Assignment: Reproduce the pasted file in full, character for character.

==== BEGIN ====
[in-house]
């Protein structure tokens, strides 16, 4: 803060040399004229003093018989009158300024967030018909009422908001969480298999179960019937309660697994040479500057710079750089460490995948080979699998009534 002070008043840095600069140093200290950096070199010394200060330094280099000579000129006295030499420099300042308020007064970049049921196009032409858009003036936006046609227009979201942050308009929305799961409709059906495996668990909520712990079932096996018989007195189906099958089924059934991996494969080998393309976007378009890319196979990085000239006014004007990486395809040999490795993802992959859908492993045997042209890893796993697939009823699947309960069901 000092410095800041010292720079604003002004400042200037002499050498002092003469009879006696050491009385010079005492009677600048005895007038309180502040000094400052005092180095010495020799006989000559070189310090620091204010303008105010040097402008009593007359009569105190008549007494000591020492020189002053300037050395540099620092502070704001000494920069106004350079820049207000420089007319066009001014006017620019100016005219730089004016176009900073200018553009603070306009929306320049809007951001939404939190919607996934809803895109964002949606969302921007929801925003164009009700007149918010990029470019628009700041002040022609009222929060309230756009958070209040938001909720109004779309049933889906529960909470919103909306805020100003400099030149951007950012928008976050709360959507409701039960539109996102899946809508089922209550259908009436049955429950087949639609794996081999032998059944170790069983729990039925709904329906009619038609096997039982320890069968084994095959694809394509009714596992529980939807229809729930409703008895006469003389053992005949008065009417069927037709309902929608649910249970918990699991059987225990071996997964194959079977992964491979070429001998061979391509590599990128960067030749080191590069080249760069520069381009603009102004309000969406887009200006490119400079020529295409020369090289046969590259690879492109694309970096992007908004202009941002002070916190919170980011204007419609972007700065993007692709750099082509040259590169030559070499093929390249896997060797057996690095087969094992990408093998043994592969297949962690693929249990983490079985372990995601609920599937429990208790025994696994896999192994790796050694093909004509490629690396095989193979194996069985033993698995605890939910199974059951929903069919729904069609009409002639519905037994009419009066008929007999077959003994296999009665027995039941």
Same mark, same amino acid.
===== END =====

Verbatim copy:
[in-house]
């Protein structure tokens, strides 16, 4: 803060040399004229003093018989009158300024967030018909009422908001969480298999179960019937309660697994040479500057710079750089460490995948080979699998009534 002070008043840095600069140093200290950096070199010394200060330094280099000579000129006295030499420099300042308020007064970049049921196009032409858009003036936006046609227009979201942050308009929305799961409709059906495996668990909520712990079932096996018989007195189906099958089924059934991996494969080998393309976007378009890319196979990085000239006014004007990486395809040999490795993802992959859908492993045997042209890893796993697939009823699947309960069901 000092410095800041010292720079604003002004400042200037002499050498002092003469009879006696050491009385010079005492009677600048005895007038309180502040000094400052005092180095010495020799006989000559070189310090620091204010303008105010040097402008009593007359009569105190008549007494000591020492020189002053300037050395540099620092502070704001000494920069106004350079820049207000420089007319066009001014006017620019100016005219730089004016176009900073200018553009603070306009929306320049809007951001939404939190919607996934809803895109964002949606969302921007929801925003164009009700007149918010990029470019628009700041002040022609009222929060309230756009958070209040938001909720109004779309049933889906529960909470919103909306805020100003400099030149951007950012928008976050709360959507409701039960539109996102899946809508089922209550259908009436049955429950087949639609794996081999032998059944170790069983729990039925709904329906009619038609096997039982320890069968084994095959694809394509009714596992529980939807229809729930409703008895006469003389053992005949008065009417069927037709309902929608649910249970918990699991059987225990071996997964194959079977992964491979070429001998061979391509590599990128960067030749080191590069080249760069520069381009603009102004309000969406887009200006490119400079020529295409020369090289046969590259690879492109694309970096992007908004202009941002002070916190919170980011204007419609972007700065993007692709750099082509040259590169030559070499093929390249896997060797057996690095087969094992990408093998043994592969297949962690693929249990983490079985372990995601609920599937429990208790025994696994896999192994790796050694093909004509490629690396095989193979194996069985033993698995605890939910199974059951929903069919729904069609009409002639519905037994009419009066008929007999077959003994296999009665027995039941």
Same mark, same amino acid.